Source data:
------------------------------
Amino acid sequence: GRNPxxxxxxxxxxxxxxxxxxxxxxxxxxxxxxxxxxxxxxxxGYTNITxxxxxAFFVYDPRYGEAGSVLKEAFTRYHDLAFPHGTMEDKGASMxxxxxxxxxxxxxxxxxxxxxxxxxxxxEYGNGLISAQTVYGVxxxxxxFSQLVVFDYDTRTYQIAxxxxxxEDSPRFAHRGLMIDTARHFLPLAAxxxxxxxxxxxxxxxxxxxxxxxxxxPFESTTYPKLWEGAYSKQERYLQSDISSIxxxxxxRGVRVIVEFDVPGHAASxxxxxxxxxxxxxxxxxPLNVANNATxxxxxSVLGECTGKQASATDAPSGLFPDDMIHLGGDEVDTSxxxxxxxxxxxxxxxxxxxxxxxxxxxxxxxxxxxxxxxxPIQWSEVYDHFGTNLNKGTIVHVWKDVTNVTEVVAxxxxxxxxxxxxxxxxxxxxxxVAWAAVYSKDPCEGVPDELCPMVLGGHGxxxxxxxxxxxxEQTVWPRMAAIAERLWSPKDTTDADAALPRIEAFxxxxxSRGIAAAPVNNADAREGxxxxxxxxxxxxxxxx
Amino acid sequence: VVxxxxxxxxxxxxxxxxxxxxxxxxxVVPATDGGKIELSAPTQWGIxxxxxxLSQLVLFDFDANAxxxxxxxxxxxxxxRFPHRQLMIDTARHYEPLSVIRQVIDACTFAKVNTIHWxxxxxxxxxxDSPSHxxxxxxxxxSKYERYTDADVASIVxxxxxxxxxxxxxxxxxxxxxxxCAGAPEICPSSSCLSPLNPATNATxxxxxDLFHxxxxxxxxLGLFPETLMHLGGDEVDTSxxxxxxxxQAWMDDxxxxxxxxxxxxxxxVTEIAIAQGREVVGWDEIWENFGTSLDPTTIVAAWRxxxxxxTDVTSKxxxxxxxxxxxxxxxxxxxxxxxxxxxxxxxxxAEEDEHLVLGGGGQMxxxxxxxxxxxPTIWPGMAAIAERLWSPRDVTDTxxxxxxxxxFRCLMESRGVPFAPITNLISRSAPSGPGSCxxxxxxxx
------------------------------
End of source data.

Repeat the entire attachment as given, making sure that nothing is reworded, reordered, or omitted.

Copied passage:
Amino acid sequence: GRNPxxxxxxxxxxxxxxxxxxxxxxxxxxxxxxxxxxxxxxxxGYTNITxxxxxAFFVYDPRYGEAGSVLKEAFTRYHDLAFPHGTMEDKGASMxxxxxxxxxxxxxxxxxxxxxxxxxxxxEYGNGLISAQTVYGVxxxxxxFSQLVVFDYDTRTYQIAxxxxxxEDSPRFAHRGLMIDTARHFLPLAAxxxxxxxxxxxxxxxxxxxxxxxxxxPFESTTYPKLWEGAYSKQERYLQSDISSIxxxxxxRGVRVIVEFDVPGHAASxxxxxxxxxxxxxxxxxPLNVANNATxxxxxSVLGECTGKQASATDAPSGLFPDDMIHLGGDEVDTSxxxxxxxxxxxxxxxxxxxxxxxxxxxxxxxxxxxxxxxxPIQWSEVYDHFGTNLNKGTIVHVWKDVTNVTEVVAxxxxxxxxxxxxxxxxxxxxxxVAWAAVYSKDPCEGVPDELCPMVLGGHGxxxxxxxxxxxxEQTVWPRMAAIAERLWSPKDTTDADAALPRIEAFxxxxxSRGIAAAPVNNADAREGxxxxxxxxxxxxxxxx
Amino acid sequence: VVxxxxxxxxxxxxxxxxxxxxxxxxxVVPATDGGKIELSAPTQWGIxxxxxxLSQLVLFDFDANAxxxxxxxxxxxxxxRFPHRQLMIDTARHYEPLSVIRQVIDACTFAKVNTIHWxxxxxxxxxxDSPSHxxxxxxxxxSKYERYTDADVASIVxxxxxxxxxxxxxxxxxxxxxxxCAGAPEICPSSSCLSPLNPATNATxxxxxDLFHxxxxxxxxLGLFPETLMHLGGDEVDTSxxxxxxxxQAWMDDxxxxxxxxxxxxxxxVTEIAIAQGREVVGWDEIWENFGTSLDPTTIVAAWRxxxxxxTDVTSKxxxxxxxxxxxxxxxxxxxxxxxxxxxxxxxxxAEEDEHLVLGGGGQMxxxxxxxxxxxPTIWPGMAAIAERLWSPRDVTDTxxxxxxxxxFRCLMESRGVPFAPITNLISRSAPSGPGSCxxxxxxxx